Migraine Associated Dizziness (MAD) and Migraine Associated Vertigo (MAV)

Director at CHC

Dr. Hammerschlag is on the board of directors and an active provider to the nonprofit, Center for Hearing and Communication, which has been been providing hearing care since 1904.

New York Super Doctor


Dizziness associated with Migraine is an evolving diagnosis, not necessarily accepted by many members of the neurology community who more commonly limit the term, “Migraine,” to symptoms with headaches with features characteristic for migraine headaches. Migraine Associated Dizziness is a diagnostic entity that does not require concurrent headaches as part of the symptom complex for diagnosis. Those of us who treat dizziness and vertigo have begun to appreciate that migraine and dizziness can present with a variety of symptoms. This entity (MAD) is gaining a foothold in the medical literature. Since there is no definitive diagnostic test for Migraine as a cause of dizziness/vertigo, this diagnosis can be difficult to differentiate from other entities associated with dizziness/vertigo. Moreover, some patients with Meniere’s disease can suffer from migraine, which can also sometimes make an accurate diagnosis difficult.

Migraine occurs in about 13% of the adult population in the United States. While a small percentage of people with migraine have vertigo/dizziness, Migraine Associated Dizziness is most likely the cause of more dizziness than any other condition[1]. In contrast Meniere’s disease only affects 0.2% of the US population. Other inner ear problems, such as Benign Paroxysmal Positional Vertigo or Meniere’s disease can occur more frequently in patients with migraine. The majority of cases of migraine occur in women with the highest incidence during childbearing age, followed by an abrupt decline with menopause.

The etiology of Migraine Associated Dizziness is unknown. Some have suggested that is an inappropriate sensory amplification of or failure to regulate the sensory feedback signals to the brain resulting in analogous sensation of pain or sensory overload. For example, patients with migraine can perceive sounds as painful (hyperacusis, phonophobia), have sensitivity to light (photophobia), have allodynia (pain from stimuli not painful to most other people), dizziness with changes in the weather, or disruptive dizziness to routine motion or head movements. Any or all of these symptoms except for dizziness are not required for diagnosis of migraine associated dizziness. Nevertheless, they are helpful for such diagnosis.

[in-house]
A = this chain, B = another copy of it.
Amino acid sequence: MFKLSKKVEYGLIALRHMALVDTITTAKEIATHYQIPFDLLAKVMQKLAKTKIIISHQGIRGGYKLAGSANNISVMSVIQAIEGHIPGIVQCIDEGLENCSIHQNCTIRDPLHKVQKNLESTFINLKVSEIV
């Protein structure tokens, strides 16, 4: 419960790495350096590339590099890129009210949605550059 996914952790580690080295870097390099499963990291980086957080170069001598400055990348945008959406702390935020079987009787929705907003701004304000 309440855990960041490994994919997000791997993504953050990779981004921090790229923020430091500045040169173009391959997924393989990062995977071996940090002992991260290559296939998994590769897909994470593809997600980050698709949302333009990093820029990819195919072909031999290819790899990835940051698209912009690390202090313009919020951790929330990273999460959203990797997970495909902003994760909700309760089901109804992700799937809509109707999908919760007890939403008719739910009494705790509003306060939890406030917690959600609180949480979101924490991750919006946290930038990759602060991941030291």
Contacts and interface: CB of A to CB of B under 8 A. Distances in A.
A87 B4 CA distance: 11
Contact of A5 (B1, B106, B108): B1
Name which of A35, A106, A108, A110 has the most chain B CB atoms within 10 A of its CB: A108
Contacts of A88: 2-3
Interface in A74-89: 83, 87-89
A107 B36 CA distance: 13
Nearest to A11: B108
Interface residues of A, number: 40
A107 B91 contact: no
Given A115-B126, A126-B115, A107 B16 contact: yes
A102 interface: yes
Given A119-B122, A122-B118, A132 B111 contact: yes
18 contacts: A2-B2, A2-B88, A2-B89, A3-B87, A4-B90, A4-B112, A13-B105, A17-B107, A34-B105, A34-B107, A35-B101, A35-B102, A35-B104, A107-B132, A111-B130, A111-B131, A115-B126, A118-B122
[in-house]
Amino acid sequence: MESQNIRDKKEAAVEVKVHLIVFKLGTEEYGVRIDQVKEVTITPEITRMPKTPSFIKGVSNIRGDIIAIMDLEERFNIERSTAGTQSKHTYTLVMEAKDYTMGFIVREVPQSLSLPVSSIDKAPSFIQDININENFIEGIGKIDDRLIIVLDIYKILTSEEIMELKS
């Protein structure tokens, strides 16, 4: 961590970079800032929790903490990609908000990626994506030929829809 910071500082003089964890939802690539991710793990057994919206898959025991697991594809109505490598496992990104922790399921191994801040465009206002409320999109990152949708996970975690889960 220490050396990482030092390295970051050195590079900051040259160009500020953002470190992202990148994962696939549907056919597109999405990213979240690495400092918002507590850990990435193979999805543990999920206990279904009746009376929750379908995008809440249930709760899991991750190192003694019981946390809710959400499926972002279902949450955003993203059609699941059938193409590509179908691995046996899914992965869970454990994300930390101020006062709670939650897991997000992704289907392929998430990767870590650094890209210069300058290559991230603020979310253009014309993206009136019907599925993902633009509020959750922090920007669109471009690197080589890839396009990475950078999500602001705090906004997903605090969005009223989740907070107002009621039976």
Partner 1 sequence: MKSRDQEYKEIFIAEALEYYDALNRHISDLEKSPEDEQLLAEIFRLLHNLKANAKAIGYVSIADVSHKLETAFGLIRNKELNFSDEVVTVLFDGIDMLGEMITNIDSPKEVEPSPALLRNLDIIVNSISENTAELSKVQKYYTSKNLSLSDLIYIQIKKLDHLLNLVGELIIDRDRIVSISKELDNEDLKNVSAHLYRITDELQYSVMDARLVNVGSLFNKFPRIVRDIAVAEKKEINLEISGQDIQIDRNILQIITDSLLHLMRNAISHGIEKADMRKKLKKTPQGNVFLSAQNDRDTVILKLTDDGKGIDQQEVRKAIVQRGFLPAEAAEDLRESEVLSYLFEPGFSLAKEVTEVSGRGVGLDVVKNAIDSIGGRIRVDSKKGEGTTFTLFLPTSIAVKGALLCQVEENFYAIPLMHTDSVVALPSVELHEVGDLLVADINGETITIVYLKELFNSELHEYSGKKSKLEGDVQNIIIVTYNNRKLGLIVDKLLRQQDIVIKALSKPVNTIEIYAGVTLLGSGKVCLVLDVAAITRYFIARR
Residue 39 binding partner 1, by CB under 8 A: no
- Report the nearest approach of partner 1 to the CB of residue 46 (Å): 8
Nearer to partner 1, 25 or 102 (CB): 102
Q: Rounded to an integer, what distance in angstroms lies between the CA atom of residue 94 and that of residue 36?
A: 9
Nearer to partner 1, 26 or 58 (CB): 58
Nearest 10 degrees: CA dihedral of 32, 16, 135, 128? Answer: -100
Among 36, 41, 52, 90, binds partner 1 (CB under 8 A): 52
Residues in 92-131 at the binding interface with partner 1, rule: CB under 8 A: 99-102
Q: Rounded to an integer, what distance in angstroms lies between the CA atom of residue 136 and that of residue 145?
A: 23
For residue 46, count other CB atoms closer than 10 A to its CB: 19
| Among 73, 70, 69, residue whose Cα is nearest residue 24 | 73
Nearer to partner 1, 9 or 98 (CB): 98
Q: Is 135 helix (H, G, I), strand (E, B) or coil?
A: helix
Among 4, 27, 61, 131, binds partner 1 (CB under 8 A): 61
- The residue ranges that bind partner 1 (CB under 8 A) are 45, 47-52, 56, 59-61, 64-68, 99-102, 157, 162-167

Other information have suggested that migraine may be due to:

  1. vasospasm in blood vessels in certain areas of brain tissue involved with balance;
  2. biochemical neurotransmitters in areas of the peripheral or balance system areas of the brain/central nervous system or
  3. disturbances in calcium channel metabolism in the balance system of the brain/central nervous system and inner ear.


Migraine associated dizziness can present with a myriad of symptoms along with vestibular disturbances. Classically, the patient has a prior history of migraine headaches, family history of headaches, motion sickness during childhood, and the vertigo is a rocking sensation lasting a few hours. Other variable symptoms are:

  1. aural fullness, pressure
  2. tinnitus, (ear noises)
  3. otalgia (ear pain)
  4. nausea and/or emesis
  5. sensitivity to light (photophobia)
  6. sensitivity to sounds (phonphobia)
  7. blurred vision, visual changes, shimmering of parts of the visual field
  8. facial or finger tingling (pareathesias)
  9. facial numbness
  10. difficulty talking (dysarthria)
  11. spaced out, fogginess feeling, inability to concentrate
  12. sensitivity to positional changes
  13. baseline unsteadiness.

Unilateral hearing loss is uncommon with Migraine associated dizziness.


In some ways, the diagnosis of Migraine associated dizziness (MAD) is a diagnosis of exclusion, because many other causes of dizziness need to be ruled out. As a minimum, a detailed otologic-neurotological history, physical examination, and audiometric testing will be the first step. Laboratory tests, vestibular testing, imaging studies, and possible neurology, optometric, rheumatology (autoimmune disease) consultations may be requested.

Treatment of MAD

The treatment of migraine associated dizziness is with a migraine prophylaxis (prevention) protocol for successful management of dizziness in contrast to acute management for migraine headaches. Avoidance of dietary triggers such as caffeine, coffee, chocolate, red wine, alcohol, certain cheeses, and other foods are required. Please see Migraine Prophylaxis Diet Sheet.

Medication therapy will vary based upon your response. Usually, migraine prophylaxis commences with any of the following: topiramate (topamax), or, an antiseizure medication, or beta blockers (propranolol, metoprolol), or Calcium channel blockers (verapamil, flunarizine). Other medications may be utilized as needed until the appropriate treatment is established.

1Timothy C. Hain, MD, http//www.dizziness-and-balance.com/disorders/central/migraine/mav.html

Practice Announcement

Dr. Paul Hammerschlag has retired after a long and distinguished career. His friend and colleague, Dr. Darius Kohan, Associate Professor at NYU School of Medicine and Director of Otology/Neurotology at Lenox Hill Hospital and MEETH, will continue to manage his practice and provide continued care for his patients. Please contact his office at 1-212-472-1300 to schedule an appointment.

Please read Dr. Hammerschlags' full retirement and practice transfer announcement here.

You have Successfully Subscribed!